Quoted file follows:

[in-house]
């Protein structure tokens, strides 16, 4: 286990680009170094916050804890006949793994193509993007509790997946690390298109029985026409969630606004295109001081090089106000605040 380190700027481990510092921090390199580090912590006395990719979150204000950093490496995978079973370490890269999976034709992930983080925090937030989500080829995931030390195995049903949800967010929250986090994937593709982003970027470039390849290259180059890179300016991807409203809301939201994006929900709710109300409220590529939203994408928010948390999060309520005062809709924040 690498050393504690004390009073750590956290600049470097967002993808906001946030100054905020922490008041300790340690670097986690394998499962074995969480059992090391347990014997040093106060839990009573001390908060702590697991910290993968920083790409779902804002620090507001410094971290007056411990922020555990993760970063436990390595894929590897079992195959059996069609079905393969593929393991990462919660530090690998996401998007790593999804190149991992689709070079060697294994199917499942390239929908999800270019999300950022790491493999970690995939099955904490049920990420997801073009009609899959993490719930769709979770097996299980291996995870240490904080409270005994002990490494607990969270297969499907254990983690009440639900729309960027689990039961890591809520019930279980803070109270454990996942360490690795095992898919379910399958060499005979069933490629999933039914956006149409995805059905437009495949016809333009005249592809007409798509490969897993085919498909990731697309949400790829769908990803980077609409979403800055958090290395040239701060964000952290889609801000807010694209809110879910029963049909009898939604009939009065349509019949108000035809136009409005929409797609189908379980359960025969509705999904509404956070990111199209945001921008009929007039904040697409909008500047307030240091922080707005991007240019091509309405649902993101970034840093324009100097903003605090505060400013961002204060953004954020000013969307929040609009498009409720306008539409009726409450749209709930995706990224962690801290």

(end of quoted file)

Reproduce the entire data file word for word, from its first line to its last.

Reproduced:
[in-house]
């Protein structure tokens, strides 16, 4: 286990680009170094916050804890006949793994193509993007509790997946690390298109029985026409969630606004295109001081090089106000605040 380190700027481990510092921090390199580090912590006395990719979150204000950093490496995978079973370490890269999976034709992930983080925090937030989500080829995931030390195995049903949800967010929250986090994937593709982003970027470039390849290259180059890179300016991807409203809301939201994006929900709710109300409220590529939203994408928010948390999060309520005062809709924040 690498050393504690004390009073750590956290600049470097967002993808906001946030100054905020922490008041300790340690670097986690394998499962074995969480059992090391347990014997040093106060839990009573001390908060702590697991910290993968920083790409779902804002620090507001410094971290007056411990922020555990993760970063436990390595894929590897079992195959059996069609079905393969593929393991990462919660530090690998996401998007790593999804190149991992689709070079060697294994199917499942390239929908999800270019999300950022790491493999970690995939099955904490049920990420997801073009009609899959993490719930769709979770097996299980291996995870240490904080409270005994002990490494607990969270297969499907254990983690009440639900729309960027689990039961890591809520019930279980803070109270454990996942360490690795095992898919379910399958060499005979069933490629999933039914956006149409995805059905437009495949016809333009005249592809007409798509490969897993085919498909990731697309949400790829769908990803980077609409979403800055958090290395040239701060964000952290889609801000807010694209809110879910029963049909009898939604009939009065349509019949108000035809136009409005929409797609189908379980359960025969509705999904509404956070990111199209945001921008009929007039904040697409909008500047307030240091922080707005991007240019091509309405649902993101970034840093324009100097903003605090505060400013961002204060953004954020000013969307929040609009498009409720306008539409009726409450749209709930995706990224962690801290």